Written By: Deborah Halber | Photography By: Kit Noble

Summer resident and fashion designer Britt Cosgrove is making green the new black.

Even as a young girl, Britt Cosgrove had a strong sense of what she wanted to wear— and it wasn’t the tomboyish khakis and button-downs her mother bought for her. “She had a lot of opinions about it. I had a lot of opinions about it, but she won most of those arguments,” Cosgrove laughs. “So I think it’s a deeply rooted rebellion.”

Cosgrove’s rebellion took the form of a women’s clothing line called SVILU, (pronounced svee-loo), which comes from the word sviluppare, Italian for develop, expand, evolve, strengthen. Co-founded by Cosgrove in 2012, SVILU’s latest spring/summer collection of dresses and jumpsuits in washed linen, organic cotton and raw silk blends classic, simple lines with feminine, floaty silhouettes.

Cosgrove grew up in Cleveland where her father, renowned cardiac surgeon Dr. Toby Cosgrove was, until recently, president and CEO of the Cleveland Clinic. Her mother, Anita, worked as a healthcare consultant. Cosgrove would beg for trips to the local craft store. She’d spend hours choosing fabrics. “I just loved it. I wanted to make things,” she recalls. She taught herself to sew on a Singer machine in the basement of the family home. After majoring in psychology at Middlebury, Cosgrove moved to New York. She landed jobs in PR for Prada and the luxury brand Hogan, which she says offered her a 360-degree perspective on the design world. “We were doing a lot of really exciting stuff, like dressing celebrities for the Oscars and one-off creative projects,” she says, but she decided to follow her passion and enroll in Parsons School of Design.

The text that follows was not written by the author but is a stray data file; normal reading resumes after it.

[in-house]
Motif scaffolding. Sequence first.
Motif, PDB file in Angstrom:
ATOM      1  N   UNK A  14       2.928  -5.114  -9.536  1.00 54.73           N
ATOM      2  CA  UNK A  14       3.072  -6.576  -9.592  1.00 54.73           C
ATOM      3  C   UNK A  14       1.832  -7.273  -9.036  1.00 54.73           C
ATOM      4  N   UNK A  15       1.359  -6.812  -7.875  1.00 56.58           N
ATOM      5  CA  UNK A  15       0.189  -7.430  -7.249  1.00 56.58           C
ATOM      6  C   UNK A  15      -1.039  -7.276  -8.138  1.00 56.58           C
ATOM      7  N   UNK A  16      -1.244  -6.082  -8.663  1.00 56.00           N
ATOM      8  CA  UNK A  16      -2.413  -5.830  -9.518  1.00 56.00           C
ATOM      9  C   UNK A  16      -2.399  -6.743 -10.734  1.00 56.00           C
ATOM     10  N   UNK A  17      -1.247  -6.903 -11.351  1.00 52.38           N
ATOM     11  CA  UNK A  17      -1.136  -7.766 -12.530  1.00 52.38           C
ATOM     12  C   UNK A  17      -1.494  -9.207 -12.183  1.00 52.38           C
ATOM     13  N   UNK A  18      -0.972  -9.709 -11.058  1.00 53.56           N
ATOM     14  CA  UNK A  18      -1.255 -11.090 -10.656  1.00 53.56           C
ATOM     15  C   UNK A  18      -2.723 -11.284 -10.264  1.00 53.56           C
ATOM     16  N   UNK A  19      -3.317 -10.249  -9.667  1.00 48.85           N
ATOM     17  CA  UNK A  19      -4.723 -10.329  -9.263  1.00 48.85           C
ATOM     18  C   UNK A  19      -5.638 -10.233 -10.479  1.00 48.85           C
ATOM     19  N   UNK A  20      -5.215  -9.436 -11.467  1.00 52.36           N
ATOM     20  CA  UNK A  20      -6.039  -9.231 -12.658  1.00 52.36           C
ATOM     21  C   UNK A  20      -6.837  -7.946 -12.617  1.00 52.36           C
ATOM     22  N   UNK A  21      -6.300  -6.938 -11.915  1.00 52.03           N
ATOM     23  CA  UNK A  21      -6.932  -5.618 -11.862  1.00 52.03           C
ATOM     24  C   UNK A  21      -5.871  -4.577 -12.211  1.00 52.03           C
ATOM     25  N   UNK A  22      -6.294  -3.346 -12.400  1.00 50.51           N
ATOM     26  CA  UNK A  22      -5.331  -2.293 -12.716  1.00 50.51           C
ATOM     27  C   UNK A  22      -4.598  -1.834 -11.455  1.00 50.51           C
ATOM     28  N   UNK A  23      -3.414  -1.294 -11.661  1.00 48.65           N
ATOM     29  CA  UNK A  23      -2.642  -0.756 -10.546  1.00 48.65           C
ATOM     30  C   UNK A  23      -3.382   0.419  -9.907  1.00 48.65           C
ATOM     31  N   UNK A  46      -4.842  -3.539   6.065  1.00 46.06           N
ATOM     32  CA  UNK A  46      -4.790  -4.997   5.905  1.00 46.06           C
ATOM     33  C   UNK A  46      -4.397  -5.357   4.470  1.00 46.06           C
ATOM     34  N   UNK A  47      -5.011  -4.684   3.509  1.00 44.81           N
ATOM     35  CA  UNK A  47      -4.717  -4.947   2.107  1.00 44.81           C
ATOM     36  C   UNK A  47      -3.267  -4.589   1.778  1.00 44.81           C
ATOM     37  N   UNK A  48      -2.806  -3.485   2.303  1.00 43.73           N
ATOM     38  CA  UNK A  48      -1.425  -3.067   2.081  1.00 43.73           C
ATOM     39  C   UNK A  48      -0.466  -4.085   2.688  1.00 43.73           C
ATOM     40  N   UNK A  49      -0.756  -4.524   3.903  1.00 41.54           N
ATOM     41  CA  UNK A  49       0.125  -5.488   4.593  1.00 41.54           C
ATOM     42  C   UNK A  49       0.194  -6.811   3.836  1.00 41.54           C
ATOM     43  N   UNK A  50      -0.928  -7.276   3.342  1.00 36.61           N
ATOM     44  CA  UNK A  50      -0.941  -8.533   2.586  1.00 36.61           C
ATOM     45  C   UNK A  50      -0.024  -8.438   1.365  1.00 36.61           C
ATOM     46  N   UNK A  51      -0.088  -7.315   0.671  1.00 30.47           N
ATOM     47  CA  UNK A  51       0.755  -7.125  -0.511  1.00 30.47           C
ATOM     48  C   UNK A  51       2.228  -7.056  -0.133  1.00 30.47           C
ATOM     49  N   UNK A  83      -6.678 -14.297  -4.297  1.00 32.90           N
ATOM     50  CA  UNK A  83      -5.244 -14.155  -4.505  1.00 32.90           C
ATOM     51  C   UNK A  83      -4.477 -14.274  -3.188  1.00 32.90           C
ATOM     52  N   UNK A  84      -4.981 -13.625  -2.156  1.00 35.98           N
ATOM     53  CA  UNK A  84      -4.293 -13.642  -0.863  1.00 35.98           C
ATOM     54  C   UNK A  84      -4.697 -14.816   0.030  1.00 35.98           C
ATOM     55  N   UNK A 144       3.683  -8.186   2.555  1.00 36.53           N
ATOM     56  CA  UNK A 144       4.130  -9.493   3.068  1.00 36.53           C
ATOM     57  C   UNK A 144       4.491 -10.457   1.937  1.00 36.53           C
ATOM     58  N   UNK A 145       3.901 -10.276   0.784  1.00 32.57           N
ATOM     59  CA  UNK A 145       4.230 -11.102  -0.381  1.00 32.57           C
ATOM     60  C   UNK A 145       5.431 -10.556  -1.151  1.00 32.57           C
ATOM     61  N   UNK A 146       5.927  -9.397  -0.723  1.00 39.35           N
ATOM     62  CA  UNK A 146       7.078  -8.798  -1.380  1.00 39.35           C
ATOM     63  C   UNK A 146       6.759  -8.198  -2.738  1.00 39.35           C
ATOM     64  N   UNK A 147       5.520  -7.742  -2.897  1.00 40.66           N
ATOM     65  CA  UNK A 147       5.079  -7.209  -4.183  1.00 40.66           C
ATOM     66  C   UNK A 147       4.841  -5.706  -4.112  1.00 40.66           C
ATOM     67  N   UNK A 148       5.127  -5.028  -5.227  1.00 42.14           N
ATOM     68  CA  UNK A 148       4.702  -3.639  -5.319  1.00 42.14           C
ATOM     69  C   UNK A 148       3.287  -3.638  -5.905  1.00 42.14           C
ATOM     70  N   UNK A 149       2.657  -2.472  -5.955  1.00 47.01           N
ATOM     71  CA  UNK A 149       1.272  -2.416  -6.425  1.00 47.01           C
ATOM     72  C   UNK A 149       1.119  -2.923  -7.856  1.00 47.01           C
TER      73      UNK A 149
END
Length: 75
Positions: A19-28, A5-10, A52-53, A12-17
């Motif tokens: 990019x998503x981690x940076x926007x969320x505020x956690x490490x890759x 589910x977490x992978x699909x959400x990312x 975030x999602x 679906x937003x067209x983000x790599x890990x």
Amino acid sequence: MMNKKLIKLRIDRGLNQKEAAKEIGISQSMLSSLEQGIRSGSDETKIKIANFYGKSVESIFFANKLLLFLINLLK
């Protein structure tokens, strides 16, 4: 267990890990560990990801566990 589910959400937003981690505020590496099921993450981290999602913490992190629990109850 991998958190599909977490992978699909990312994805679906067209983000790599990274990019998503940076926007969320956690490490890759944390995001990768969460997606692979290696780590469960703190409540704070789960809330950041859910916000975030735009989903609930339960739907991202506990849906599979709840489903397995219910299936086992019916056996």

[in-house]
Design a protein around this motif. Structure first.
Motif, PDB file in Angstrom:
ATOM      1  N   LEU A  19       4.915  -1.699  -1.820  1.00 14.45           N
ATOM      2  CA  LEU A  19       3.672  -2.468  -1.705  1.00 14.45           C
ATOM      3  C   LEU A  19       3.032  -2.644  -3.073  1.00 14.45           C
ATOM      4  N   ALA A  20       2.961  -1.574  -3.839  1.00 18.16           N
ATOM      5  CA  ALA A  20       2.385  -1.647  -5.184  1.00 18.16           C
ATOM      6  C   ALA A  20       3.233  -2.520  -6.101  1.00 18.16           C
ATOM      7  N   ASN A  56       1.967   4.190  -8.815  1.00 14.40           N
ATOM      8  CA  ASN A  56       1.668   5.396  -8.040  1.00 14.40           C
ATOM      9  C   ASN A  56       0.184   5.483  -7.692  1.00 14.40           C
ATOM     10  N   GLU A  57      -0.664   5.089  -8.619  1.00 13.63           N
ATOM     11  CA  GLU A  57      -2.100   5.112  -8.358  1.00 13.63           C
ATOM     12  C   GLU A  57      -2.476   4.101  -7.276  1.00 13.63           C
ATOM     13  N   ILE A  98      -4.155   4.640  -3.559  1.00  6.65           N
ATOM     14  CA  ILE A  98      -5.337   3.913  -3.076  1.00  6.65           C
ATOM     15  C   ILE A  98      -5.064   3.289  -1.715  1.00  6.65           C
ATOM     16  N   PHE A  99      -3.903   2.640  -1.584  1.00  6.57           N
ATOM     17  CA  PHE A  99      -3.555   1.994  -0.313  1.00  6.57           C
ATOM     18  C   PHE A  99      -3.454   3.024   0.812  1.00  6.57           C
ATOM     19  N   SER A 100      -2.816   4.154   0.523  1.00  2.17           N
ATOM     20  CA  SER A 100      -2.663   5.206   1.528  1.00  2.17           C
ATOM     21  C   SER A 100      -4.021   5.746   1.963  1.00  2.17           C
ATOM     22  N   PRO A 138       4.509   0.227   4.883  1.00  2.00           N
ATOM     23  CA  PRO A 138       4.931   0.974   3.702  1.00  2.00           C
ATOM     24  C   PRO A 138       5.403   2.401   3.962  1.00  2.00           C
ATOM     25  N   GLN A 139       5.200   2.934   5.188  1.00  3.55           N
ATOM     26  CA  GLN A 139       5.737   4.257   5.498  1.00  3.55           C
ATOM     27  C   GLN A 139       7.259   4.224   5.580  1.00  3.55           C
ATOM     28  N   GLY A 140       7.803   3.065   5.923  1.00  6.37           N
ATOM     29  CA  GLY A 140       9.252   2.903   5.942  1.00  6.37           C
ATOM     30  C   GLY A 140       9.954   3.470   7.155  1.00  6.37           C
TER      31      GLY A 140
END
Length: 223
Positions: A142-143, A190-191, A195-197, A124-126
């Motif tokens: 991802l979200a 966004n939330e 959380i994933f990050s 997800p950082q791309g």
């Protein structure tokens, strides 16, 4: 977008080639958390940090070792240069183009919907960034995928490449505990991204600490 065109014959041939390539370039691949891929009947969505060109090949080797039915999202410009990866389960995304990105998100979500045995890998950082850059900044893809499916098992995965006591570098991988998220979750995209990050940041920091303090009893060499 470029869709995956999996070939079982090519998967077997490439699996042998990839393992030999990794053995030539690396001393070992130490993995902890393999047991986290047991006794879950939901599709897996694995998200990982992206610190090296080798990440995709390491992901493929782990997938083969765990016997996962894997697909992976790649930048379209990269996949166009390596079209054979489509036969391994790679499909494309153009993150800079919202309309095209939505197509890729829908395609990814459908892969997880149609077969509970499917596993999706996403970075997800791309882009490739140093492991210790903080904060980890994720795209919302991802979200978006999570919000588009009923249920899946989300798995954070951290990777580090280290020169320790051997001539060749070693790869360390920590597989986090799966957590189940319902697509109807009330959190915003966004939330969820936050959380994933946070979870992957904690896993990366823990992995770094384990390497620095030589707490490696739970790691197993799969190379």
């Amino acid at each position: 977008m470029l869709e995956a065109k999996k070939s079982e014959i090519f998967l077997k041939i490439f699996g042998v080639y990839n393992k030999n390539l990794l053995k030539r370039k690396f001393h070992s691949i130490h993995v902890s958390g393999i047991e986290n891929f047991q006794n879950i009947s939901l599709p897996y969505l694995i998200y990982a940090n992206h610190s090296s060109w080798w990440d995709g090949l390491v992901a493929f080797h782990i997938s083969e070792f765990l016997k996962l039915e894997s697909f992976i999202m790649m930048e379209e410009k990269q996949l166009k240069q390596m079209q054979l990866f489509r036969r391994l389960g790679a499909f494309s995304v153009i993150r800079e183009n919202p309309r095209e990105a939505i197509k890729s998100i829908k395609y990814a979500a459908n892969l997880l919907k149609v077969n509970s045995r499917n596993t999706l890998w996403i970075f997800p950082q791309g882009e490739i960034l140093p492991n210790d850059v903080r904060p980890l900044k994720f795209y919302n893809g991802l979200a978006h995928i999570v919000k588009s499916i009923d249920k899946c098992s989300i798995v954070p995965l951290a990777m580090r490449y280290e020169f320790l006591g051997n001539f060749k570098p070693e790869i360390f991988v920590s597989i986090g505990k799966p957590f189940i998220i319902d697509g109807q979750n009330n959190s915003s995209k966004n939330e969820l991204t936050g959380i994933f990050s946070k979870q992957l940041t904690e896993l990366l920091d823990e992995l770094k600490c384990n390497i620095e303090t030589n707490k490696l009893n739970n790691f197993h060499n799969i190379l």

She then worked under fashion designer Peter Som and met her future business partner, Marina Polo. When Cosgrove and Polo started to explore their own line, they noticed that sustainability was a driving force behind industry startups in food and beauty, but not fashion. “We said, let’s make the company environmentally responsible but not compromise on the design at all,” Cosgrove says. SVILU uses organic cotton grown from non-genetically engineered seeds and without the use of pesticides, insecticides and synthetic fertilizers. They are also partnering with mills to develop better alternative fabrics.

True to Cosgrove’s childhood vision, the texture, ease and muted fabrics of her own line make the styles functional and effortless. Her mom’s utilitarian influence was “a double-edged sword, because it made me want to be creative and do my own thing. But at the same time, it taught me that you dress to empower yourself. You’re not dressing to be decorative. You’re not dressing to make other people look at you. You wear clothes to feel your best and highlight you—not what you’re wearing.”

The next big step for SVILU, which has been available through boutiques and department stores, is reaching customers directly online and through social media. Cosgrove is thrilled to be able to connect with the women who wear the clothing day to day.

Now she divides her time between Cleveland, where she is a diehard Cavaliers fan (“They won the championship on my birthday two years ago—a momentous occasion!”); Nantucket, where her parents own a light-filled, modern home on a cul-de-sac off Cliff Road; and New York City, her home for fifteen years, where she and her husband recently renovated a house in Brooklyn.

Cosgrove says Nantucket provides much-needed balance from the drive of her fast-paced life: “I love Nantucket in all the seasons. Landing in Nantucket, it’s fog, fog, fog. Then you get off the plane, and it’s humid and it kind of smells like roses. And you have this exhale moment.”

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